So, you saw some impressive polymer clay works and would like to try some projects yourself. Where shall you begin?
Do not run to a craft store (at least, not yet). Although, there is quite an impressive list of tools and materials you can acquire for this new hobby, you will not need all of them (not right away, at least). This is good news, isn't it? Each little gadget does not cost much, but they add up very quickly. To make it easier for your budget, buy only the tools you need at the moment.
How do you decide what you need?
First of all, find a project or two that you would like to start with. There are many places on the Internet where you can look for those projects. I would recommend picking one that is graded For Beginners.
A project description usually contains a list of tools and materials. Take a good look at this list. You will obviously need some polymer clay.
Most project descriptions avoid mentioning specific brands, yet you will find at least a few different types of polymer clay in a craft store and even more on the Internet. So which ones shall you buy? If you are starting out then I would suggest Fimo soft as this type of clay takes less conditioning than Fimo classic which is a much firmer clay. However if you find that your sculptures and getting squashed to easily, then you will want to change to Fimo classic.
Before you go to the store, decide what colours of clay you would like to use for your project. You may have to buy more than one block if multiple colours are required for your project. Keep in mind, however, that different colours of clay may be mixed just as regular paints, so if your project calls for yellow, orange, and red, you can simply buy yellow and red (and mix them to obtain orange).
A Work Surface and an Oven
Another thing that you will definitely need for any project is some sort of work surface. It is NOT the surface of your dining room table, for at least two reasons – raw polymer clay may stain porous surfaces and it is better to keep it separate from your food. The best surfaces for working with polymer clay are a smooth ceramic tile or a sheet of glass.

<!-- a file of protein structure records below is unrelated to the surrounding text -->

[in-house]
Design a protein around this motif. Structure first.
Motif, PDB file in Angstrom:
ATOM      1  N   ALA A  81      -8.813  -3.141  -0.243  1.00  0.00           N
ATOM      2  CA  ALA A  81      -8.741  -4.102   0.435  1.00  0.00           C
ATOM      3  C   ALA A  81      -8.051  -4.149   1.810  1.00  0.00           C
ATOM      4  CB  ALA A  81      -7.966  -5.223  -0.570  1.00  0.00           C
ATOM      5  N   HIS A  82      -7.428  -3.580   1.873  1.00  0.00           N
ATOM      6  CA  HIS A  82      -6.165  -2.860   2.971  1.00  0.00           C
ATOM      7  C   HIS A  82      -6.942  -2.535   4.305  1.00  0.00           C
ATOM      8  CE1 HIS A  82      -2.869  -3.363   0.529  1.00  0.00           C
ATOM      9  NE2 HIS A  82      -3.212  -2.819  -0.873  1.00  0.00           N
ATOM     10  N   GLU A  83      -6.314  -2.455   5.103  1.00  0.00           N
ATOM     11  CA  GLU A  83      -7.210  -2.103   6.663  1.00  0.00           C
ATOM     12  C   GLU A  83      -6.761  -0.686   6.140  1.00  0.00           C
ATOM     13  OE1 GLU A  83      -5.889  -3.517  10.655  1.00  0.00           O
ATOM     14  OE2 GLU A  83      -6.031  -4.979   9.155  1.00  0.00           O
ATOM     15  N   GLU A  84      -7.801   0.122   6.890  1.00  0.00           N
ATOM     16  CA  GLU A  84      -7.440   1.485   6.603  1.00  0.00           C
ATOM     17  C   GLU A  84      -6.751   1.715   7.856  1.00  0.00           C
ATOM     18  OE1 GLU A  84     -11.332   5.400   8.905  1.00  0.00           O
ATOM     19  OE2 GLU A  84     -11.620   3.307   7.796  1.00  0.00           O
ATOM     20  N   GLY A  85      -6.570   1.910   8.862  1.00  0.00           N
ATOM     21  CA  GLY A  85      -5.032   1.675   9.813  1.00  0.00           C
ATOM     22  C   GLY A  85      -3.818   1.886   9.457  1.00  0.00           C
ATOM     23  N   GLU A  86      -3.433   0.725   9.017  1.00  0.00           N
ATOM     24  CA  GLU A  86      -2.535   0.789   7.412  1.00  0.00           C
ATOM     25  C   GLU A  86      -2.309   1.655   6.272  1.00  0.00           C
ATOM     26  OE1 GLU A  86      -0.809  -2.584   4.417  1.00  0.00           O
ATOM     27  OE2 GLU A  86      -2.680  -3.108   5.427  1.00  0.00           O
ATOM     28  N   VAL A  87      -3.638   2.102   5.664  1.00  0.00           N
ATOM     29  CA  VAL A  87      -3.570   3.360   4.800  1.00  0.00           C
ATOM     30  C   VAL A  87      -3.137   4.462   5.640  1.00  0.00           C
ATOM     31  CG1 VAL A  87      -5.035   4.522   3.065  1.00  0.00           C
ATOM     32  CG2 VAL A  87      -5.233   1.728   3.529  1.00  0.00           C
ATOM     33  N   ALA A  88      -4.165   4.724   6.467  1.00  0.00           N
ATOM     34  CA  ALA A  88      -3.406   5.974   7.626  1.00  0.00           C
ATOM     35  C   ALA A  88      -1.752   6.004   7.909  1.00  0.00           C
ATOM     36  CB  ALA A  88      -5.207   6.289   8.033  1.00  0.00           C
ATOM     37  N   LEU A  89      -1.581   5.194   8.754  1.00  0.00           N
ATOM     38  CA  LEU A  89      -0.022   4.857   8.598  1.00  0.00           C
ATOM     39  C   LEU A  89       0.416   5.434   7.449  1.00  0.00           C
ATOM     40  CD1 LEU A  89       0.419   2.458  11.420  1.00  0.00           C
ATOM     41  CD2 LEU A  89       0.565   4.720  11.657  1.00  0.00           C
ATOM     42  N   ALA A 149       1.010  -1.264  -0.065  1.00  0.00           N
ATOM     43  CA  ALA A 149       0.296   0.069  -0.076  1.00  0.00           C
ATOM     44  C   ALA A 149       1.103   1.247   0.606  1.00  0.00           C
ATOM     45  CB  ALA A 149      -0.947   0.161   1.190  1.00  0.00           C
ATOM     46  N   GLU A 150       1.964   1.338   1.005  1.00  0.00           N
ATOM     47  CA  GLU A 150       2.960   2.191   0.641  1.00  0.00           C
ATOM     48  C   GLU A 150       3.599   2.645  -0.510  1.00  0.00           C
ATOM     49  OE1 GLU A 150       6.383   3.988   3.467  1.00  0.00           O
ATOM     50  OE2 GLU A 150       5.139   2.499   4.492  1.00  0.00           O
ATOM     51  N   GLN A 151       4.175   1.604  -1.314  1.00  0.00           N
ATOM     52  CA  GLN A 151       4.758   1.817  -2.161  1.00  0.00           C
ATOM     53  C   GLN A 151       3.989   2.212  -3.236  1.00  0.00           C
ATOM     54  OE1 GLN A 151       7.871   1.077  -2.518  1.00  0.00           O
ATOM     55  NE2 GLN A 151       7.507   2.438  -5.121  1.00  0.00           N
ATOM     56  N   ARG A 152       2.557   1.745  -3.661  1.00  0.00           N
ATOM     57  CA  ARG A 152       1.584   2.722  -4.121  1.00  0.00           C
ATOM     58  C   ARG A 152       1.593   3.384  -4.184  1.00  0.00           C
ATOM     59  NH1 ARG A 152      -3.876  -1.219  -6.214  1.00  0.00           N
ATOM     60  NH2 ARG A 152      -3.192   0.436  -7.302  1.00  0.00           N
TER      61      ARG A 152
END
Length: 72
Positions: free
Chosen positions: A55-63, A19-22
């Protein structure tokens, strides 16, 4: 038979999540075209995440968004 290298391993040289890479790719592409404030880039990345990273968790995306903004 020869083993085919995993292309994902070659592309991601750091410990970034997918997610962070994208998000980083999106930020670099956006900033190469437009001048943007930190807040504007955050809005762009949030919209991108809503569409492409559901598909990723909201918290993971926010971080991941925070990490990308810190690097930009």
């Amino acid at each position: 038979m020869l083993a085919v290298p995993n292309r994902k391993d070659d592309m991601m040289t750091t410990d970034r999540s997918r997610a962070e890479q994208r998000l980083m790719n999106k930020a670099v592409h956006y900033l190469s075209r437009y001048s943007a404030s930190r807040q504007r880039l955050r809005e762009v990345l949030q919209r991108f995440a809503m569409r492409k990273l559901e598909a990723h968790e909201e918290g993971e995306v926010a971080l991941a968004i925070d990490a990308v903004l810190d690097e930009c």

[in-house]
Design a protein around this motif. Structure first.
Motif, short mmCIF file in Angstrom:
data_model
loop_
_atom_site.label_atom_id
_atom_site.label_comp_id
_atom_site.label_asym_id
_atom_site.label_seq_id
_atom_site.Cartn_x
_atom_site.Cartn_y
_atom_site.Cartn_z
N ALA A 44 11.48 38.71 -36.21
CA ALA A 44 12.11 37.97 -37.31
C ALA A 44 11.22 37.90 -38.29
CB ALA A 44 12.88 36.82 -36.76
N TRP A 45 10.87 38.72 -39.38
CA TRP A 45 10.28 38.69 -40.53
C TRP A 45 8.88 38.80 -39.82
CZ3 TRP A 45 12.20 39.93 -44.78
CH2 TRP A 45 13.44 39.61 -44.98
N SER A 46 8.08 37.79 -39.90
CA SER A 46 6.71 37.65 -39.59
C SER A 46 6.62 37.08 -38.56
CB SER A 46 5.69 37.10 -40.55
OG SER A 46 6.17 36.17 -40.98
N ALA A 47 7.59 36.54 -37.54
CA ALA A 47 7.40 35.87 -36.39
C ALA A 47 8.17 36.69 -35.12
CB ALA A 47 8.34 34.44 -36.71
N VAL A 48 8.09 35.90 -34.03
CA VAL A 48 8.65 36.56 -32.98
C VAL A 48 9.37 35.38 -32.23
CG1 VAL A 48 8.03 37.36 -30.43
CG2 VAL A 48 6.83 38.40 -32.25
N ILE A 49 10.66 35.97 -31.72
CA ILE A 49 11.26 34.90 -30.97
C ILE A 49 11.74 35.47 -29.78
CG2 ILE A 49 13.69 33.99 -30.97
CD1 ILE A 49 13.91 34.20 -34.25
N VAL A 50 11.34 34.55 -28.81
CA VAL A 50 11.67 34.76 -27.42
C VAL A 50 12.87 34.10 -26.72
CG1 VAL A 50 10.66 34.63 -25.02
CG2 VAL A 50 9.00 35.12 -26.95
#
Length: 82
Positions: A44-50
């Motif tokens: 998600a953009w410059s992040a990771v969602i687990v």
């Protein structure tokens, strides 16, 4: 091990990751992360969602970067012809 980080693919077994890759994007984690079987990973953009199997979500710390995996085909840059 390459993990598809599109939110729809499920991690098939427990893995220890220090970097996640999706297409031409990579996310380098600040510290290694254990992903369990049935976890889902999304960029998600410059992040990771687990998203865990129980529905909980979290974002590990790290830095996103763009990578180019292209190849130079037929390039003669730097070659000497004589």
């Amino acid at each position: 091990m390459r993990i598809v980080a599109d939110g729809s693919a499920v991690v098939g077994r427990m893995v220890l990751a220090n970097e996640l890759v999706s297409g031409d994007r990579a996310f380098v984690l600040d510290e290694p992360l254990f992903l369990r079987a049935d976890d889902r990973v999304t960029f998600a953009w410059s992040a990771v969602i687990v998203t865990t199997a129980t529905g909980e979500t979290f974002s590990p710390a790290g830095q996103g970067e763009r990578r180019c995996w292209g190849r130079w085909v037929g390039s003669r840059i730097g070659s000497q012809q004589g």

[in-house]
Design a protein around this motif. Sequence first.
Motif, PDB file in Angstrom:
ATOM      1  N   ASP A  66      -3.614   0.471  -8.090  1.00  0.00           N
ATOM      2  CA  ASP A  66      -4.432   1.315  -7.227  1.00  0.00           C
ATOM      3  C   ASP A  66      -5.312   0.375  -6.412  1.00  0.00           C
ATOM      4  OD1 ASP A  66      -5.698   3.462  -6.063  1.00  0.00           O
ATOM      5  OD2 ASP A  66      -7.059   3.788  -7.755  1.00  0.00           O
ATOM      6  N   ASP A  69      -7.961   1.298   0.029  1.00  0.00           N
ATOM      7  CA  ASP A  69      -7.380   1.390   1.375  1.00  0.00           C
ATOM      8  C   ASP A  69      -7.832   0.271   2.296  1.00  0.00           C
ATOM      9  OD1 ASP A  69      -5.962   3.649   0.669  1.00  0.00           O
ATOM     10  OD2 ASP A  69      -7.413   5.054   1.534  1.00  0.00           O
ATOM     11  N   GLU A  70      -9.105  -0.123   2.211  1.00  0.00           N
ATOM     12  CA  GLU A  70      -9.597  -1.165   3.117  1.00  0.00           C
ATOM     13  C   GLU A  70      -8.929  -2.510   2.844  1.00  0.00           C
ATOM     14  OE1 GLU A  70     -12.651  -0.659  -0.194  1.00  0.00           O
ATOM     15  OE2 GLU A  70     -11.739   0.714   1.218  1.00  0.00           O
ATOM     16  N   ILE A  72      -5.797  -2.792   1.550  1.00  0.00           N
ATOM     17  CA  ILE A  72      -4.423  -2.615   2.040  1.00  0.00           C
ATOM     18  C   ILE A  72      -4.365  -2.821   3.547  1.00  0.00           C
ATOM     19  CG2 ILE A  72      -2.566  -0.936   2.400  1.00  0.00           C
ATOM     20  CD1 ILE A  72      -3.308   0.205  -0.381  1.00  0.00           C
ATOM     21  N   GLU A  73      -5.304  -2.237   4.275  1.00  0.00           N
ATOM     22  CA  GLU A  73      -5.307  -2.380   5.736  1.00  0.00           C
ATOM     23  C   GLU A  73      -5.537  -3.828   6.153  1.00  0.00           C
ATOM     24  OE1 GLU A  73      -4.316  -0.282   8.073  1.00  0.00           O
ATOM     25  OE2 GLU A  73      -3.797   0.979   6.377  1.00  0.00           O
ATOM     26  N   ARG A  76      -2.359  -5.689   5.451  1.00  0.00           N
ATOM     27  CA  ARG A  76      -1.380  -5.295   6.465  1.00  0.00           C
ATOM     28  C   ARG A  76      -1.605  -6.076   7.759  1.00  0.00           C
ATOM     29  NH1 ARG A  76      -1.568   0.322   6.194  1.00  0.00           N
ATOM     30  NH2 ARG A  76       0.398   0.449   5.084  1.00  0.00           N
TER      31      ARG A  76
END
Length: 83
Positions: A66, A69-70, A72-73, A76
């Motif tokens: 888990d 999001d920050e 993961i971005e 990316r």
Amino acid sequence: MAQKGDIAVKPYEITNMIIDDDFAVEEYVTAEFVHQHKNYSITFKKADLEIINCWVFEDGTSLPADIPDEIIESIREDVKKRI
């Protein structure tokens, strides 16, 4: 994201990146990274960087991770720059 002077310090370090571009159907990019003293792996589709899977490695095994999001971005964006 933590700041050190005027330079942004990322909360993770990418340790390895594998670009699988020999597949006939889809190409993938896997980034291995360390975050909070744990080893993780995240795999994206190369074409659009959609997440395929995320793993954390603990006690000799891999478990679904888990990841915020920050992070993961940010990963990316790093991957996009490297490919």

To complete your polymer clay project, you will have to bake it. This means, you will need something to bake it in – a regular oven will be fine.
General Tools and Materials
If you are doing other crafts, chances are you already have some of the tools and materials that are required for your first polymer clay project (such as stamps, brushes, mica powders, various paints, etc.). Cross them out from your list. Some other tools may be borrowed from your kitchen or throughout the house. These include knives, spoons, cups, and so forth. However, to be safe, it is wise to designate these tools for polymer clay only, so if you are ready to consider them lost, you may cross them out as well. Now take a look at your list. What is left? Most likely some of the following things.
A Pasta Machine and a Roller
A pasta machine is used to roll out the clay quickly and accurately. They are the bee’s knees for every polymer clay artist as it saves so much time when a flat sheet of clay is needed. This is a great piece of kit when you cut out a lot of shapes using cutters.
If, however, you are savvy and/or not sure about this new hobby of yours, I would suggest getting a roller for now.
A good clear plastic roller can be found right next to polymer clay in a craft store. If you decide to buy the machine later, the roller will still be useful, so your money will not be wasted.
There are two main types of shape cutters. The first ones look like cookie cutters. They come in various shapes and sizes and may be found in the polymer clay section in most craft stores. These shape cutters are sold in sets, and the price varies a lot.
The others are plunge cutters and are widely used in sugar craft art but work wonderfully with polymer clay
Blades for polymer clay are available in craft stores, but for some projects they may be substituted with a disposable cutter from a home improvement store (if there is a handyman in your house, check with him first – I bet he has a few of those already).
For safety, I suggest marking the dull side of the blade with some nail polish. Trust me – these things are very sharp, and grasping a wrong end of them is not a good thing.
A Ripple Blade
Sorry, no substitute for this one. Which can be purchased in a set by Sculpey where you get two ripple blades and two straight edge blades for fine edge cutting?
A Clay Extruder (or a Clay Gun)
No substitute again. The ones used for cake decorations or in PlayDoh sets will not work (no, I did not try them myself, I just heard about other people's experience). Use: limited to special projects. If you decide to buy one – take my advice and buy a metal, but not a plastic one.